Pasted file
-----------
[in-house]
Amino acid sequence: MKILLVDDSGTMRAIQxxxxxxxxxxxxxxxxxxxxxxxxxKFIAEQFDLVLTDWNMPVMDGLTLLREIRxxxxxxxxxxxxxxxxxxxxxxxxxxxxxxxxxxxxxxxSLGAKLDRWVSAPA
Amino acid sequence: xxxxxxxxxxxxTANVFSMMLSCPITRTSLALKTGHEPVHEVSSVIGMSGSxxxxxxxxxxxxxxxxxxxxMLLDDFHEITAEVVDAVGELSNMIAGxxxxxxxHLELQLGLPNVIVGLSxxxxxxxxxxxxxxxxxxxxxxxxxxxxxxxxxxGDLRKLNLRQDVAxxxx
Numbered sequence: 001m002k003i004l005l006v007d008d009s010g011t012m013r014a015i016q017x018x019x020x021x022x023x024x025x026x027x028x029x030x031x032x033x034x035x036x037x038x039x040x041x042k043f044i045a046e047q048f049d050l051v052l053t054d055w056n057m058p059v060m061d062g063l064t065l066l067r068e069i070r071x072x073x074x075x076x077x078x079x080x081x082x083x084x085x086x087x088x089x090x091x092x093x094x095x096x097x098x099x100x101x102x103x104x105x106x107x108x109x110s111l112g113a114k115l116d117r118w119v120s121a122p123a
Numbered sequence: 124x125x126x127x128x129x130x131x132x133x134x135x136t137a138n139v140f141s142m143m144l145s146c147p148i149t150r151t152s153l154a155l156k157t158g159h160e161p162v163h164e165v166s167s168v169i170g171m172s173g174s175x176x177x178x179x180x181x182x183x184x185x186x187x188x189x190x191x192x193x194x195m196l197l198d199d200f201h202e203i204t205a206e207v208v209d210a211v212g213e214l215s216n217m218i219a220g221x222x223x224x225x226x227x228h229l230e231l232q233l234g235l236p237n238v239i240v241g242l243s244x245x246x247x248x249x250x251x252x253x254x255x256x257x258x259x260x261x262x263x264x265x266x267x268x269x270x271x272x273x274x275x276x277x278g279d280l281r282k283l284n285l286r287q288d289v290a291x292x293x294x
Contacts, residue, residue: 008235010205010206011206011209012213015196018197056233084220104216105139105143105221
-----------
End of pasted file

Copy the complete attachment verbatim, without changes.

[in-house]
Amino acid sequence: MKILLVDDSGTMRAIQxxxxxxxxxxxxxxxxxxxxxxxxxKFIAEQFDLVLTDWNMPVMDGLTLLREIRxxxxxxxxxxxxxxxxxxxxxxxxxxxxxxxxxxxxxxxSLGAKLDRWVSAPA
Amino acid sequence: xxxxxxxxxxxxTANVFSMMLSCPITRTSLALKTGHEPVHEVSSVIGMSGSxxxxxxxxxxxxxxxxxxxxMLLDDFHEITAEVVDAVGELSNMIAGxxxxxxxHLELQLGLPNVIVGLSxxxxxxxxxxxxxxxxxxxxxxxxxxxxxxxxxxGDLRKLNLRQDVAxxxx
Numbered sequence: 001m002k003i004l005l006v007d008d009s010g011t012m013r014a015i016q017x018x019x020x021x022x023x024x025x026x027x028x029x030x031x032x033x034x035x036x037x038x039x040x041x042k043f044i045a046e047q048f049d050l051v052l053t054d055w056n057m058p059v060m061d062g063l064t065l066l067r068e069i070r071x072x073x074x075x076x077x078x079x080x081x082x083x084x085x086x087x088x089x090x091x092x093x094x095x096x097x098x099x100x101x102x103x104x105x106x107x108x109x110s111l112g113a114k115l116d117r118w119v120s121a122p123a
Numbered sequence: 124x125x126x127x128x129x130x131x132x133x134x135x136t137a138n139v140f141s142m143m144l145s146c147p148i149t150r151t152s153l154a155l156k157t158g159h160e161p162v163h164e165v166s167s168v169i170g171m172s173g174s175x176x177x178x179x180x181x182x183x184x185x186x187x188x189x190x191x192x193x194x195m196l197l198d199d200f201h202e203i204t205a206e207v208v209d210a211v212g213e214l215s216n217m218i219a220g221x222x223x224x225x226x227x228h229l230e231l232q233l234g235l236p237n238v239i240v241g242l243s244x245x246x247x248x249x250x251x252x253x254x255x256x257x258x259x260x261x262x263x264x265x266x267x268x269x270x271x272x273x274x275x276x277x278g279d280l281r282k283l284n285l286r287q288d289v290a291x292x293x294x
Contacts, residue, residue: 008235010205010206011206011209012213015196018197056233084220104216105139105143105221